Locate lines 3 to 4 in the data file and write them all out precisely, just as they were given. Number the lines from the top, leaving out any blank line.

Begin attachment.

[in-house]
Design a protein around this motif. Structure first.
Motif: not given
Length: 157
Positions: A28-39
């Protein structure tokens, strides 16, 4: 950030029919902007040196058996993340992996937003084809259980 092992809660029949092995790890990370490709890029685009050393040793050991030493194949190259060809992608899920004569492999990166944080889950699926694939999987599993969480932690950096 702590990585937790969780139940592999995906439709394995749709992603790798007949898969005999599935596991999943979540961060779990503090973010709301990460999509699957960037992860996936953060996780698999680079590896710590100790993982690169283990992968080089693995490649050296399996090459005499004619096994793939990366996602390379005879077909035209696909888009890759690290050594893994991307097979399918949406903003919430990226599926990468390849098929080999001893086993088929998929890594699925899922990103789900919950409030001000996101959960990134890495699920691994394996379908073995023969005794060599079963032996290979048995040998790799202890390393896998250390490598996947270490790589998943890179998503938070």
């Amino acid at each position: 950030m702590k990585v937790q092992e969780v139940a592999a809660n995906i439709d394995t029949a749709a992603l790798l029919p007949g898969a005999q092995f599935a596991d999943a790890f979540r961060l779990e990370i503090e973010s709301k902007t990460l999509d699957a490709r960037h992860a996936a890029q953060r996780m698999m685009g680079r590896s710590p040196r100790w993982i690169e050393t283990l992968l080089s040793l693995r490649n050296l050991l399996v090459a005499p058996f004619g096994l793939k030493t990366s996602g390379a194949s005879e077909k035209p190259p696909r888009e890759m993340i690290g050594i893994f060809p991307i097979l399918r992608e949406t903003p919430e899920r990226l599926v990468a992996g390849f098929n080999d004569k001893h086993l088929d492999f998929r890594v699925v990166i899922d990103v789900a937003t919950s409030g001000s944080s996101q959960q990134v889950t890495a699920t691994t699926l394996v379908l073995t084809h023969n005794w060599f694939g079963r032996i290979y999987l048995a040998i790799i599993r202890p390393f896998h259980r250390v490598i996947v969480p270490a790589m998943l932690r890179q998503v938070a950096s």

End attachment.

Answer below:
Motif: not given
Length: 157